The physical findings associated with Adams-Oliver syndrome (e.g, scalp defects and abnormalities of the fingers, toes, arms, and/or legs) may vary greatly in severity from case to case (variable expressivity). In addition, all of the characteristics associated with this disorder may not be manifested in all those who inherit the gene (incomplete penetrance).
Autosomal recessive inheritance has also been reported. Recessive genetic disorders occur when an individual inherits two copies of an abnormal gene for the same trait, one from each parent. If an individual receives one normal gene and one gene for the disease, the person will be a carrier for the disease but usually will not show symptoms. The risk for two carrier parents to both pass the defective gene and have an affected child is 25% with each pregnancy. The risk to have a child who is a carrier like the parents is 50% with each pregnancy. The chance for a child to receive normal genes from both parents and be genetically normal for that particular trait is 25%. The risk is the same for males and females.
All individuals carry 4-5 abnormal genes. Parents who are close relatives (consanguineous) have a higher chance than unrelated parents to both carry the same abnormal gene, which increases the risk to have children with a recessive genetic disorder.
Some researchers believe that the physical characteristics associated with Adams-Oliver syndrome may be the result of interrupted blood flow through certain arteries during fetal development. The term “Subclavian Artery Supply Disruption Sequence (SASDS)” has been suggested for a group of developmental disorders that may occur due to disruption of blood flow through certain arteries (i.e., subclavian artery, vertebral artery, and/or various arterial branches) during fetal development. These disorders include Poland syndrome, Klippel-Feil syndrome, Moebius syndrome, and Sprengel deformity.
Adams-Oliver syndrome is an extremely rare disorder that appears to affect males and females in equal numbers. More than 125 affected individuals have been reported in the medical literature. The major physical features of Adams-Oliver syndrome (i.e., scalp defects and limb abnormalities) are apparent at birth (congenital).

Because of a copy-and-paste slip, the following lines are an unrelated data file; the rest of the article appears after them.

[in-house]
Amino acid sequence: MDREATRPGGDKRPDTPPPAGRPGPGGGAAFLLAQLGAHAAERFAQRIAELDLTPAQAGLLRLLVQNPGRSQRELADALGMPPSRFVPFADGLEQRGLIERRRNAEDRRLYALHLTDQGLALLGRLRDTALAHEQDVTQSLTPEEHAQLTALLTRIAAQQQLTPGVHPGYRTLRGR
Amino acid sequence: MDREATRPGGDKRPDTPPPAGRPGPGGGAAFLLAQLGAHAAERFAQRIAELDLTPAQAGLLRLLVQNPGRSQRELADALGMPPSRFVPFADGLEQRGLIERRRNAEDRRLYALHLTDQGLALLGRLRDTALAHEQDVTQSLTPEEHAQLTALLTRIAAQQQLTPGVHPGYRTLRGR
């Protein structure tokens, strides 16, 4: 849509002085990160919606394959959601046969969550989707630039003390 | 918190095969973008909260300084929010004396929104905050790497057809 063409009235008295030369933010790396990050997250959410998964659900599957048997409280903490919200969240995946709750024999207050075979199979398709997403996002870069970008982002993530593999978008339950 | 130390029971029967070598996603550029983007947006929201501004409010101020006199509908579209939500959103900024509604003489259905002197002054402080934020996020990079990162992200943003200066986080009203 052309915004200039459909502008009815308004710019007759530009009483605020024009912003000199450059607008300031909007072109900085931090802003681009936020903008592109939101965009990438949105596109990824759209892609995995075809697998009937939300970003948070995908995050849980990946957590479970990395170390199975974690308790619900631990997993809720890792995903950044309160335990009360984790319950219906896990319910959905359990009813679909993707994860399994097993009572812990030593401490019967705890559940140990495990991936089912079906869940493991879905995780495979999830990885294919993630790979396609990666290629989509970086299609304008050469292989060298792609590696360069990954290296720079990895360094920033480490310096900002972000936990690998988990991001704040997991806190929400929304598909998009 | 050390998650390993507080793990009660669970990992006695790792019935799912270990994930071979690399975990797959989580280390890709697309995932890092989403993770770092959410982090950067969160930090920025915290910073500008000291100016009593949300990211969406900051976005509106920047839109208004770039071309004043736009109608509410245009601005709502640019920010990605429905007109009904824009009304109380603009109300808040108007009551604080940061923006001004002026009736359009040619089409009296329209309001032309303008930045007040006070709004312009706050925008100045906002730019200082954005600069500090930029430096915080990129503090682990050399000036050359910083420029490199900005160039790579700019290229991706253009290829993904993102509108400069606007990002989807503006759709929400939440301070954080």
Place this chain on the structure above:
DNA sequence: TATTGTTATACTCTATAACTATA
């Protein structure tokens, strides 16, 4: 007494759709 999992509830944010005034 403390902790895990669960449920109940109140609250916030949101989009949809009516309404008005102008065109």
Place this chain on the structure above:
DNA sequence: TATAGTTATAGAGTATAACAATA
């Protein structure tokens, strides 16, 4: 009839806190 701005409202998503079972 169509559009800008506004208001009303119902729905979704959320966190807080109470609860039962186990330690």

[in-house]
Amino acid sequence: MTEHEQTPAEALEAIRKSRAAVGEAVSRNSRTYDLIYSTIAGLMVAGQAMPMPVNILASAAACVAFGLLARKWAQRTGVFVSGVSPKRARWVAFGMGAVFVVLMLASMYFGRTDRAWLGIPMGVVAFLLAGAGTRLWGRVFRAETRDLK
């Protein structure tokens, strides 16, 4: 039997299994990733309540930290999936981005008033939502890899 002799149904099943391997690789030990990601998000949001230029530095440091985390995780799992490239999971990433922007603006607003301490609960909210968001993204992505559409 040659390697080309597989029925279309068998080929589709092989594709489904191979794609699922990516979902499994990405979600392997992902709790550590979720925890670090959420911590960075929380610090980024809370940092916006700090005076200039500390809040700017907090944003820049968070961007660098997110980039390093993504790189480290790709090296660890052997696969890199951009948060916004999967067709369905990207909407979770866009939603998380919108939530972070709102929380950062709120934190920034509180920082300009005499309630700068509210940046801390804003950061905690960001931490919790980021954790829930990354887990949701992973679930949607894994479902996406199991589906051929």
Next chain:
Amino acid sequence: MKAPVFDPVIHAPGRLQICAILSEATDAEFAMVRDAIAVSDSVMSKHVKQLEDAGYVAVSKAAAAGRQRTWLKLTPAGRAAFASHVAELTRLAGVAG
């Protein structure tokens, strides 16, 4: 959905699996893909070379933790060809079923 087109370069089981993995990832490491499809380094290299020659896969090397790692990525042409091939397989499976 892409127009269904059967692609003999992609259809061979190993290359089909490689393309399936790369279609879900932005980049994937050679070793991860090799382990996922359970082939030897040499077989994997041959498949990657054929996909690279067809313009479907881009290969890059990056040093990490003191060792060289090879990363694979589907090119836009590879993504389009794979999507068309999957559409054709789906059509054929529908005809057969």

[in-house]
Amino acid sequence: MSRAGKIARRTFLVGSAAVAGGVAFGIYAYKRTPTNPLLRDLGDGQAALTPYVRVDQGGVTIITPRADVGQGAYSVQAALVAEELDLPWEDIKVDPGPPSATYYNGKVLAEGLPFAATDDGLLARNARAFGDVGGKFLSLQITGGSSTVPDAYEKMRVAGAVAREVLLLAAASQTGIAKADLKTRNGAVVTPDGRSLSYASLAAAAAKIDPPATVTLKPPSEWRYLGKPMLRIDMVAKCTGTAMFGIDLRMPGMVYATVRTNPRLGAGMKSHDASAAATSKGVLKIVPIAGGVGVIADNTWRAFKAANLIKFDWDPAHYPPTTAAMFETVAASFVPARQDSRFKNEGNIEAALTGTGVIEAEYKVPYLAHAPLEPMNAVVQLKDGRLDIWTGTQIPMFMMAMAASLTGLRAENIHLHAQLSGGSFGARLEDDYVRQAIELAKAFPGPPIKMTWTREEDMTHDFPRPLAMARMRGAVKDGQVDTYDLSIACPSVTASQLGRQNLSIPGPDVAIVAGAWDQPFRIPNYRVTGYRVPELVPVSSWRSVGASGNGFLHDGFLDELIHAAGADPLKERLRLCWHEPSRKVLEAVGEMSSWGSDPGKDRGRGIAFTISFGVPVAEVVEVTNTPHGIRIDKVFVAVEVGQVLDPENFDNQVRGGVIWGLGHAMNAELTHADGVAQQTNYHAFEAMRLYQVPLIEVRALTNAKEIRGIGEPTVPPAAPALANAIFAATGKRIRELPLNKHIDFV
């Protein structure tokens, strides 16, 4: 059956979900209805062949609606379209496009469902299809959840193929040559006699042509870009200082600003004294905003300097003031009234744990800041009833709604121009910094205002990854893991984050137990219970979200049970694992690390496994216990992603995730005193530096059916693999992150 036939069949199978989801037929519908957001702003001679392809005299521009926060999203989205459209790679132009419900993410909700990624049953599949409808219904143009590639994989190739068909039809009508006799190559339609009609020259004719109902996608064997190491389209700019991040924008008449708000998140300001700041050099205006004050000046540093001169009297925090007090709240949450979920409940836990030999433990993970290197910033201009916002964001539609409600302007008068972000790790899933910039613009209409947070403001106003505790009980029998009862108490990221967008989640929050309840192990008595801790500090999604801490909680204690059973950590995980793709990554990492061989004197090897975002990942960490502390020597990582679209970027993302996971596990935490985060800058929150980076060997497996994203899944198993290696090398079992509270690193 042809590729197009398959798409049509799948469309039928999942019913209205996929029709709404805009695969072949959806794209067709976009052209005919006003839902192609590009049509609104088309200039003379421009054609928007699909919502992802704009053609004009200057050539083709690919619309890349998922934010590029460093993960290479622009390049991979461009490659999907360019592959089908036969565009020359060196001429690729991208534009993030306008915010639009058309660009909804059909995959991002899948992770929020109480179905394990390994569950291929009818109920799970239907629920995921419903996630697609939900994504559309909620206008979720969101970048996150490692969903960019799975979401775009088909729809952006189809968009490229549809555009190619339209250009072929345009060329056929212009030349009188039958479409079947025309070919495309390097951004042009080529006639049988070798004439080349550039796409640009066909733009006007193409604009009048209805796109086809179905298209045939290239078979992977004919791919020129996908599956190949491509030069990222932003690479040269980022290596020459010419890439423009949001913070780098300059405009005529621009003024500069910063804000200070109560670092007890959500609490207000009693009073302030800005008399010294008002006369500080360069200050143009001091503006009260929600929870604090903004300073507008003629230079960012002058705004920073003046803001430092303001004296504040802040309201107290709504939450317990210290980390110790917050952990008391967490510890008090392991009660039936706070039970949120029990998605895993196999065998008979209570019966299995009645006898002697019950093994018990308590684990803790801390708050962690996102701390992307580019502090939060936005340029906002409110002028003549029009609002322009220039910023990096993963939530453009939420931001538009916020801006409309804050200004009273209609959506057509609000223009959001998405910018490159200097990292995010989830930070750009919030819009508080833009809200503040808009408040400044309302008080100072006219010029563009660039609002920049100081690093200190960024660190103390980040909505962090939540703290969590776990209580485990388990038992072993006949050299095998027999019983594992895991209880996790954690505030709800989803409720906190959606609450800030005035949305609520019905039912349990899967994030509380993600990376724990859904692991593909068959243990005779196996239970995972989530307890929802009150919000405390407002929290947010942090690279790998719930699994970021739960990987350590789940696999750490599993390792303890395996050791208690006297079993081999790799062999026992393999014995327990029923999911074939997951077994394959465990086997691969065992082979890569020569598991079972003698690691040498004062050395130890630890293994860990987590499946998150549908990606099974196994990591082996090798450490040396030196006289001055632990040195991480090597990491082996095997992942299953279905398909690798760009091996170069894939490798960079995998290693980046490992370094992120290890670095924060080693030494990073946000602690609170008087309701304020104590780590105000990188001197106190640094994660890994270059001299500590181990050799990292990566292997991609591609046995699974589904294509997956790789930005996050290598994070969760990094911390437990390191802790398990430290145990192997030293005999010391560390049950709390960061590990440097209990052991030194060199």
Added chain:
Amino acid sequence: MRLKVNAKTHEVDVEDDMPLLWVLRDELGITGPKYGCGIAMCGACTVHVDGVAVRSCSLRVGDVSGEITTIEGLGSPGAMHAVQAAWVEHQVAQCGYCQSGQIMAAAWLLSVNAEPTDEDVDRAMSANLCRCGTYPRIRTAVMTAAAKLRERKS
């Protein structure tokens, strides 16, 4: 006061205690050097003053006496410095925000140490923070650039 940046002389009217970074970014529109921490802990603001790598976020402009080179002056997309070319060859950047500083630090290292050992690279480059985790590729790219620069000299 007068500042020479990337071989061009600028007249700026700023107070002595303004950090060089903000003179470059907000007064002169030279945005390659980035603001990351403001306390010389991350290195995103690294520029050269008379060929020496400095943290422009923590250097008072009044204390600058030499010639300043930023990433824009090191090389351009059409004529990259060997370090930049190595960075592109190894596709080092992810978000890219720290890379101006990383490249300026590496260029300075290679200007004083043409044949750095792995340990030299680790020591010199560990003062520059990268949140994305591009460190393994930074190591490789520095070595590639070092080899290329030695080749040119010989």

The diagnosis of Adams-Oliver syndrome may be suspected at birth based upon the identification of characteristic scalp and skull defects occurring in association with malformations of the fingers, toes, hands, and/or feet. The diagnosis may be confirmed by a thorough clinical evaluation, a detailed patient history, and a variety of specialized tests, such as advanced imaging techniques. In some cases, it may be possible to detect defects of the skull and/or limbs before birth (prenatally) through the use of advanced imaging techniques such as ultrasound. During fetal ultrasonography, reflected sound waves are used to create an image of the developing fetus.
The treatment of Adams-Oliver syndrome is directed toward the specific symptoms that are apparent in each individual. Treatment may require the coordinated efforts of a team of specialists. Pediatricians, orthopedic and plastic surgeons, cardiologists, physical therapists, and other health care professionals may need to systematically, and comprehensively plan an affected child's treatment.
In many cases, scalp defects may heal without treatment (spontaneously) within the first few months of life. Skin grafting, cranial surgery, and/or other surgical procedures may be required for affected individuals who exhibit underlying defects of the bones of the skull. In addition, physicians may recommend that some affected children wear helmets in order to prevent trauma to the head and potential damage to abnormally wide (dilated) blood vessels.
Physical therapy, surgery, and/or the use of artificial limbs (prostheses) may be recommended for children who exhibit partial or complete absence of fingers, toes, hands, feet, and/or lower legs.
In addition, affected children should receive a complete medical evaluation for heart (cardiac) abnormalities that are sometimes associated with this Adams-Oliver syndrome.
Genetic counseling will be of benefit for affected individuals and their families. Family members of affected individuals should also receive regular clinical evaluations to detect any symptoms and physical characteristics that may be potentially associated with Adams-Oliver syndrome. Other treatment for this disorder is symptomatic and supportive.
Information on current clinical trials is posted on the Internet at www.clinicaltrials.gov. All studies receiving U.S. government funding, and some supported by private industry, are posted on this government website.
For information about clinical trials being conducted at the National Institutes of Health (NIH) in Bethesda, MD, contact the NIH Patient Recruitment Office:
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(Please note that some of these organizations may provide information concerning certain conditions potentially associated with this disorder [e.g., skin abnormalities, limb and skull defects, etc.].)